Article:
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Case Description—A 4-year-old spayed female Mastiff was evaluated for treatment of chronic nonhealing pressure wounds over both elbow regions resulting from attempts at hypertrophic callus excision.
Clinical Findings—The wound bed granulation tissue was mottled red and yellow with hyperemic, rolled epithelial edges. The right wound communicated with a large fluid pocket along the thoracic wall. The dog had an inflammatory leukogram with a left shift.
Treatment and Outcome—The wounds were debrided, and tissue specimens were collected for histologic evaluation, microbial culture, and bacterial identification by means of molecular diagnostic techniques. The left wound was closed immediately. Calcium alginate rope with silver was packed into the right wound. Vacuum-assisted closure was applied for 6 days. Debridement was repeated, and a thoracodorsal axial pattern flap was used to cover the wound. Systemic treatment with antimicrobials was initiated, and pressure over the elbow regions was relieved. Bacterial biofilms were identified histologically in tissue specimens from both wounds. Staphylococcus intermedius, Staphylococcus epidermidis, and Streptococcus canis were cultured and identified by 16S rRNA fragment sequencing. Pyrosequencing identified multiple bacterial species and no fungal organisms. Both wounds healed successfully.
Clinical Relevance—Biofilms are implicated in infected orthopedic implants in veterinary patients; however, this is the first report of a bacterial biofilm in chronic wounds in a dog. In human wound care, extensive debridement is performed to disrupt the biofilm; a multimodal treatment approach is recommended to delay reformation and help clear the infection. In this case, biofilm reformation was prevented by systemic treatment with antimicrobials, by reducing local pressure on the wounds, and by wound closure.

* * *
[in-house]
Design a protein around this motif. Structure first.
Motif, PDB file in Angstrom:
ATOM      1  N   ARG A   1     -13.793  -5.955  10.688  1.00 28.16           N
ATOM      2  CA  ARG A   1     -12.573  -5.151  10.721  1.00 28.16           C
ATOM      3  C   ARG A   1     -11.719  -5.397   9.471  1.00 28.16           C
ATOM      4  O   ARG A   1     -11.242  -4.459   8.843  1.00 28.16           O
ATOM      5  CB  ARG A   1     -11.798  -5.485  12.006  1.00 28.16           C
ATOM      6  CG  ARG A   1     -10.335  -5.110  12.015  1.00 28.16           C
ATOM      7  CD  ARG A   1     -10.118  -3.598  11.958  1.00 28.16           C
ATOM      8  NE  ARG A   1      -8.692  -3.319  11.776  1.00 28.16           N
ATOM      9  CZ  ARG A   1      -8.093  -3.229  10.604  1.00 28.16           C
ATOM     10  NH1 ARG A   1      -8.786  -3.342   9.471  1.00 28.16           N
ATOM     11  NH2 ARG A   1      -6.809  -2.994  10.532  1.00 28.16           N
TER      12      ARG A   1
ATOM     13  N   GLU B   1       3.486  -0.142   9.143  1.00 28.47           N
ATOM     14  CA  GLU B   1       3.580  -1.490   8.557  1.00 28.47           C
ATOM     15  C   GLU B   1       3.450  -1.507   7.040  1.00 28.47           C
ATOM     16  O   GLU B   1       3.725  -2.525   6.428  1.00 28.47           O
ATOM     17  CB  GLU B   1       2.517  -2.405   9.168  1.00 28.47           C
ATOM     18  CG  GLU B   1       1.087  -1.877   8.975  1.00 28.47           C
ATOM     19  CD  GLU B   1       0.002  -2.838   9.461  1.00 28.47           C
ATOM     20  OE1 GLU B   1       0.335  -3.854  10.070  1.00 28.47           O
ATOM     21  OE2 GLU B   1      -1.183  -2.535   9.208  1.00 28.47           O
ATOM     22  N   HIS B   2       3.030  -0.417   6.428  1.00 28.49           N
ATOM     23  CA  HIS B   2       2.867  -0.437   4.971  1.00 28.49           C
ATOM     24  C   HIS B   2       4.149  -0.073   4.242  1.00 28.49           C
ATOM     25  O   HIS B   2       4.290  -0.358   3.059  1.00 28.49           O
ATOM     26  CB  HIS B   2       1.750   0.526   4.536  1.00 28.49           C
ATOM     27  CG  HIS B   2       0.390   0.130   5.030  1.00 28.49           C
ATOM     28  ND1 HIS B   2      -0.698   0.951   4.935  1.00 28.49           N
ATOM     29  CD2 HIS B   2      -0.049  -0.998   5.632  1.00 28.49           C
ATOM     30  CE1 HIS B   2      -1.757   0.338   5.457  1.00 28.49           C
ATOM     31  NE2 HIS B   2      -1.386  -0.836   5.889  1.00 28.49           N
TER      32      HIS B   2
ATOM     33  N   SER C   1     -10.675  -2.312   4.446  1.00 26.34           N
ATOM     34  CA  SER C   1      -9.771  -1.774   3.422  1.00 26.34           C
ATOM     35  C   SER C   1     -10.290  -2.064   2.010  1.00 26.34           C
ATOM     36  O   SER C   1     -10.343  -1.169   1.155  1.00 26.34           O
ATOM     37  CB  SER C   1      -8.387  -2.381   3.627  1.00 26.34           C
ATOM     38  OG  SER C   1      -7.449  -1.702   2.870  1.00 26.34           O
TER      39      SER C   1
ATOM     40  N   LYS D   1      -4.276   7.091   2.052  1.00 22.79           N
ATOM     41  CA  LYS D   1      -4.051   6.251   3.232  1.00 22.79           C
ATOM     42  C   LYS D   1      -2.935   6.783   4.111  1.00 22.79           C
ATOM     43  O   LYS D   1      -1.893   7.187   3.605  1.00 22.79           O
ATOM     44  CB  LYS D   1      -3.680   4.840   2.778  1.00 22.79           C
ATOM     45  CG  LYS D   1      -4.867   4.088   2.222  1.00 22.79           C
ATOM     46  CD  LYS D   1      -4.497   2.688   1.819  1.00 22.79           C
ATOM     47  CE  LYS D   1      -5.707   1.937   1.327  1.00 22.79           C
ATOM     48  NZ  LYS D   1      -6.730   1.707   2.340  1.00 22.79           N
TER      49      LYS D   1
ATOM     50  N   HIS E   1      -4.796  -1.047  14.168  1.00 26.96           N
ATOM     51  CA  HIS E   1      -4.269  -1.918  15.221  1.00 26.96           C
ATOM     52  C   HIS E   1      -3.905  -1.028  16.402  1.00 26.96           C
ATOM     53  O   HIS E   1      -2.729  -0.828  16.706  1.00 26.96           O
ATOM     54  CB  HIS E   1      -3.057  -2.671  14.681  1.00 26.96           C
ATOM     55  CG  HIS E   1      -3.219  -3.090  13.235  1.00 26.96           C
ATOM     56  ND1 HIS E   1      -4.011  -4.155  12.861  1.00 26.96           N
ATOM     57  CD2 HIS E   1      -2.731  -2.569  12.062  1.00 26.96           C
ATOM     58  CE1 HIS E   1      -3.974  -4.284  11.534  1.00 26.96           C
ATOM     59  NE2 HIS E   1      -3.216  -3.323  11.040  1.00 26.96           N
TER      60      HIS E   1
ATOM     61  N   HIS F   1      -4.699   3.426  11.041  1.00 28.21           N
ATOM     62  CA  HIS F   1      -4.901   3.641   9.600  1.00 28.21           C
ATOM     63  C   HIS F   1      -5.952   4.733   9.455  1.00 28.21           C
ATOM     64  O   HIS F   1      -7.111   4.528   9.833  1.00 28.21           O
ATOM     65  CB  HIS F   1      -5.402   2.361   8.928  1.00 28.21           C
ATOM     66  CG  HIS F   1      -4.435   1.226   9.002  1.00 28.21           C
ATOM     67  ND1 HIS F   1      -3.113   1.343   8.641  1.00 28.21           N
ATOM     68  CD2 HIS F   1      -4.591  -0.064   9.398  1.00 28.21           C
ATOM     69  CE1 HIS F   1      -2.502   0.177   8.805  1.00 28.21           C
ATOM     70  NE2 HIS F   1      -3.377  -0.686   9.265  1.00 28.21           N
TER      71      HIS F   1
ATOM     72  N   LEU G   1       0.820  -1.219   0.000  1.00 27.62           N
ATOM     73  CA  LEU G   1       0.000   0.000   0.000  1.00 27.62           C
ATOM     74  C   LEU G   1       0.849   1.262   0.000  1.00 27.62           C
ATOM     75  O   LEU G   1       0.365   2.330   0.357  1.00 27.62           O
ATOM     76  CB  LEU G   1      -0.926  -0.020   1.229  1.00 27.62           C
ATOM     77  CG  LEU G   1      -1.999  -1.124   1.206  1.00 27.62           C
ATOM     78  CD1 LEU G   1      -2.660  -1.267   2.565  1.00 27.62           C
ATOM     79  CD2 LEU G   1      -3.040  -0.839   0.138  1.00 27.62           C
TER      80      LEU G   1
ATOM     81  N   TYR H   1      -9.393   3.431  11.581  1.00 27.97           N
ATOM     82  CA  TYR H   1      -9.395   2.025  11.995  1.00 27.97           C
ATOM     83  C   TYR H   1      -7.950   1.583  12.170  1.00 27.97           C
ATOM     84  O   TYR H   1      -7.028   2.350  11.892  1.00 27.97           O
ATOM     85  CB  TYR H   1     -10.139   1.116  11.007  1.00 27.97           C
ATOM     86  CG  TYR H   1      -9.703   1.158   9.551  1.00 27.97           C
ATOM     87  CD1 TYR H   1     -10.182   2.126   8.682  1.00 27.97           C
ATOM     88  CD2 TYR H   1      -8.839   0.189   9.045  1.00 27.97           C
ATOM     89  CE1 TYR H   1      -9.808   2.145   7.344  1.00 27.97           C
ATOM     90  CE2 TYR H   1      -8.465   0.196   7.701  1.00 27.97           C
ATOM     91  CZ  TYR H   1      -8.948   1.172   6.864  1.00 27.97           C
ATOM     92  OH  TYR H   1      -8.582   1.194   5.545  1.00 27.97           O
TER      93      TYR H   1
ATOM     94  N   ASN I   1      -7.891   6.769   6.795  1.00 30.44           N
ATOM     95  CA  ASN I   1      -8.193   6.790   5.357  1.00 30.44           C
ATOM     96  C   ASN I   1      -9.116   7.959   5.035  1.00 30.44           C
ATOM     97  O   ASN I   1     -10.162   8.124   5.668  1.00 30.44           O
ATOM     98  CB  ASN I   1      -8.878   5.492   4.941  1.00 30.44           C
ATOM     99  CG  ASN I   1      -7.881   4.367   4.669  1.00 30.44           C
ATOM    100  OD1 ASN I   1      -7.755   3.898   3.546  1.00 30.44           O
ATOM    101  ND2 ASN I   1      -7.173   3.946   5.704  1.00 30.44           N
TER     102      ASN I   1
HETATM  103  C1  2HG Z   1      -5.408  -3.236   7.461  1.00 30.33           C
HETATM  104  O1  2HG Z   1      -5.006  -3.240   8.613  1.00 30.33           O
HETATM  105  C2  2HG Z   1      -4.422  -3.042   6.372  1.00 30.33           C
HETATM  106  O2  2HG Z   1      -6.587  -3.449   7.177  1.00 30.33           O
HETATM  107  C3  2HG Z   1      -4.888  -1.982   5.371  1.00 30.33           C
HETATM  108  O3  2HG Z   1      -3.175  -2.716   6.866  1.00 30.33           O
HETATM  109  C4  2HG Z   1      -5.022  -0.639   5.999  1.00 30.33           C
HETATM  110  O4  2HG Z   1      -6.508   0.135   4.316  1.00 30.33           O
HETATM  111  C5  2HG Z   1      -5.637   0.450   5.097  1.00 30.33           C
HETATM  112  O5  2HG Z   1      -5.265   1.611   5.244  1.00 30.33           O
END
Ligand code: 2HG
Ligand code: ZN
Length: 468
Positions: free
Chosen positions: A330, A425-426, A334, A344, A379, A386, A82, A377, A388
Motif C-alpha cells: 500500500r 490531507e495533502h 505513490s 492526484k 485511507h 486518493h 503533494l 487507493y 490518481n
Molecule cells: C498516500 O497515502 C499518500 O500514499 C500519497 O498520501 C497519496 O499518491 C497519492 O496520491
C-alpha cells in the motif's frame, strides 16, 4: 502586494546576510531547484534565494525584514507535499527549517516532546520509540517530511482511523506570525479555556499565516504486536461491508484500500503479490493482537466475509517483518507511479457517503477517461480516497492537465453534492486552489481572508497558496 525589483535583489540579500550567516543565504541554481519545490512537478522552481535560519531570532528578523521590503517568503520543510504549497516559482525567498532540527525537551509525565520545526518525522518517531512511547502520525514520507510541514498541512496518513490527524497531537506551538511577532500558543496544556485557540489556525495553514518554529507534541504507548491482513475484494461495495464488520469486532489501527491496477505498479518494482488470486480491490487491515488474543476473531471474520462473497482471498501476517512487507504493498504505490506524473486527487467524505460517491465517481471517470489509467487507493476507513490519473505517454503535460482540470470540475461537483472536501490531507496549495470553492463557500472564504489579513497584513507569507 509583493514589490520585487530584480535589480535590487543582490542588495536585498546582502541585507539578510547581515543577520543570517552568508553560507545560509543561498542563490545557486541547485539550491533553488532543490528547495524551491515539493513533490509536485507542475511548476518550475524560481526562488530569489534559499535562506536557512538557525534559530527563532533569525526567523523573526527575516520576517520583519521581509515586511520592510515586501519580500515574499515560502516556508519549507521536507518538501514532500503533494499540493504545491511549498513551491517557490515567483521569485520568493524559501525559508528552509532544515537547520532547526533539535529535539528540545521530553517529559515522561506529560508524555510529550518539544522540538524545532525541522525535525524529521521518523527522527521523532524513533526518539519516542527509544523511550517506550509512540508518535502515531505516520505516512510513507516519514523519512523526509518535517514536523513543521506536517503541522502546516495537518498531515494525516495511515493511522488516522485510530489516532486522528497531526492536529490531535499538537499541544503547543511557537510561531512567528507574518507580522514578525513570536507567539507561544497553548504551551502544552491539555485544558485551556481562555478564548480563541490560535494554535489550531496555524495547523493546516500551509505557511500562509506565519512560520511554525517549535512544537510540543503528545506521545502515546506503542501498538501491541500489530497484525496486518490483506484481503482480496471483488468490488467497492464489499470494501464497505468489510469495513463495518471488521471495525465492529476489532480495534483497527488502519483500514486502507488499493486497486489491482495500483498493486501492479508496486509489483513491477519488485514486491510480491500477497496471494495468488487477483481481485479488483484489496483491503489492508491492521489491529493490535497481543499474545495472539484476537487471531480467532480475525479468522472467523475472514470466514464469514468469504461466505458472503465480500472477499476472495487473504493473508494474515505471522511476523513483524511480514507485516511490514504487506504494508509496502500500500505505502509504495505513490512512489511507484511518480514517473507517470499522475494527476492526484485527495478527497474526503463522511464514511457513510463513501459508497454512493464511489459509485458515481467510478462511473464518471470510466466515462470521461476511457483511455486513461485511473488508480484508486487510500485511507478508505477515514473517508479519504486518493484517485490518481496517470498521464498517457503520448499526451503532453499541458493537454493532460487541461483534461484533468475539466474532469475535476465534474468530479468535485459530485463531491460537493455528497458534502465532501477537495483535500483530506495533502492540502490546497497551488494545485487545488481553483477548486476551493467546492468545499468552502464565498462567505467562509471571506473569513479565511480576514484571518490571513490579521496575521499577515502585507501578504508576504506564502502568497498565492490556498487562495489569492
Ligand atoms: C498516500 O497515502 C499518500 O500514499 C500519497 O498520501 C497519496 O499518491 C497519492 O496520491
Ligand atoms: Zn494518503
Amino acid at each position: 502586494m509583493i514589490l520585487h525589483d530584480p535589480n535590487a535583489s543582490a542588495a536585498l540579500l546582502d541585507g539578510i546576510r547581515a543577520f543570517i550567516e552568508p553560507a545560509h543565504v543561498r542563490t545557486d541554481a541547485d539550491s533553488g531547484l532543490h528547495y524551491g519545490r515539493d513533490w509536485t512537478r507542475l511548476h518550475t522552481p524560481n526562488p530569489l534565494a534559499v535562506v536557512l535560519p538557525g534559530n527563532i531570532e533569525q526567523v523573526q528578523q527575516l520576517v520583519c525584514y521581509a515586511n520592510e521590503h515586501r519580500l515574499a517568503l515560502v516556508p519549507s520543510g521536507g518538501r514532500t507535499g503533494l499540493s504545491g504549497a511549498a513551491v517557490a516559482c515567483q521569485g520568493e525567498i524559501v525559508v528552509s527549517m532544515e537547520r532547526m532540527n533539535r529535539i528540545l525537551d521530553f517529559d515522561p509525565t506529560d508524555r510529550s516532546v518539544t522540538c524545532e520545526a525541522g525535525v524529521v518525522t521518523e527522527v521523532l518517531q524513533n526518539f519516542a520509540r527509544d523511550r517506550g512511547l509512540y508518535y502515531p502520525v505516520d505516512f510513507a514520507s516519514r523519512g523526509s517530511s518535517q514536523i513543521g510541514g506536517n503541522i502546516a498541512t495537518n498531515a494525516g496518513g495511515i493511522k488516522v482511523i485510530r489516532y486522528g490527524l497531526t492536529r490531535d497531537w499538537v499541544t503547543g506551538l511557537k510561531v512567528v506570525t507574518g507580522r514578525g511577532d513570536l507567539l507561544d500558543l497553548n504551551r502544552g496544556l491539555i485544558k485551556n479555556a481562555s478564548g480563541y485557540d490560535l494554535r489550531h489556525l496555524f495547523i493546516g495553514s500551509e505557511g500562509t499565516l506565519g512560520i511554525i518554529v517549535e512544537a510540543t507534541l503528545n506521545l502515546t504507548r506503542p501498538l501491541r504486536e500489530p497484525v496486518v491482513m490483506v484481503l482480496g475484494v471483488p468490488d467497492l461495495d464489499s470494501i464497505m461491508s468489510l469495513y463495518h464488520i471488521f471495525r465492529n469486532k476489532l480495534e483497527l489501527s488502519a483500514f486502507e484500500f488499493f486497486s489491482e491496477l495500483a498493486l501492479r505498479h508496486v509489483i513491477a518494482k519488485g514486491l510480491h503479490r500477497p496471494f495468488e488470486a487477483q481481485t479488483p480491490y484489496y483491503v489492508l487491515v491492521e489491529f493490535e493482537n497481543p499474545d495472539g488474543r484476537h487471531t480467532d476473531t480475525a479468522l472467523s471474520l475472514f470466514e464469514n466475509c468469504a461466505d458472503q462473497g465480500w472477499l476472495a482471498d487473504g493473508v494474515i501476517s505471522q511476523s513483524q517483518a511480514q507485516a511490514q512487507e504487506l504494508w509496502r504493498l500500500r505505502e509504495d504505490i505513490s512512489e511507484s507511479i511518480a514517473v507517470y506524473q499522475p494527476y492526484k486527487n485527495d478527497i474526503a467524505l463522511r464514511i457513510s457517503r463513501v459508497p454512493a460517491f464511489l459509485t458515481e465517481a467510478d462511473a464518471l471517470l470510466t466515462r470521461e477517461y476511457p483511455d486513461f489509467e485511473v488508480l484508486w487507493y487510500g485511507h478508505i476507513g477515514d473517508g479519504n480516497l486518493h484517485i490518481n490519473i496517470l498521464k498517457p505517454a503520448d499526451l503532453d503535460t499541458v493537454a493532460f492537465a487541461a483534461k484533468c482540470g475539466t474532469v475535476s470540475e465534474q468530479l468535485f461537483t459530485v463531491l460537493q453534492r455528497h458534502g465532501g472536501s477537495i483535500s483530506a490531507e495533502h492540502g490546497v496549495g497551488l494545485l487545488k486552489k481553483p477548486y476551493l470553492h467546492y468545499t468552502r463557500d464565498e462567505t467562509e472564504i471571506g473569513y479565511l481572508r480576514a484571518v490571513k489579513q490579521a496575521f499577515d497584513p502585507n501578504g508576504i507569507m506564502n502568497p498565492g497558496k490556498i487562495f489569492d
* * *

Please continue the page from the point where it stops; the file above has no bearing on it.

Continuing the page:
Case Description—A 2-year-old spayed female domestic shorthair cat was examined because of bilateral thoracic limb weakness of acute onset.
Clinical Findings—Clinical signs included muscle atrophy, paresis, depressed spinal reflexes, hyperesthesia of the thoracic limbs, and reduced jaw muscle tone. Pelvic limb reflexes were normal. Results of a neurologic examination were suggestive of multifocal lesions involving both brachial plexuses and the trigeminal nerves. Abnormal nerve conduction across the brachial plexus and delayed late potentials were found on electrodiagnostic testing, and diffuse subclinical involvement of other regions of the peripheral nervous system was confirmed on the basis of abnormal electromyographic findings for the masticatory muscles and conduction block of the peroneal nerve.
Treatment and Outcome—No specific treatments were given, and neurologic signs resolved within a month. A relapse occurred 2 months after the first episode, with clinical signs affecting both the pelvic and the thoracic limbs on this occasion. Again, the condition resolved without specific treatment, and 13 months after the initial episode, the cat reportedly was normal.
Conclusions and Clinical Relevance—Findings suggested that brachial plexus neuropathy can be a multifocal disease in cats, even if clinically apparent neurologic deficits are initially subtle or absent, and that electrodiagnostic techniques can be used to identify subclinical involvement of the peripheral nerves.
To compare spinal cord-to-vertebral canal area ratios measured with CT between the cervical and thoracolumbar regions in French Bulldogs.
37 French Bulldogs presented to a referral hospital between 2016 and 2019.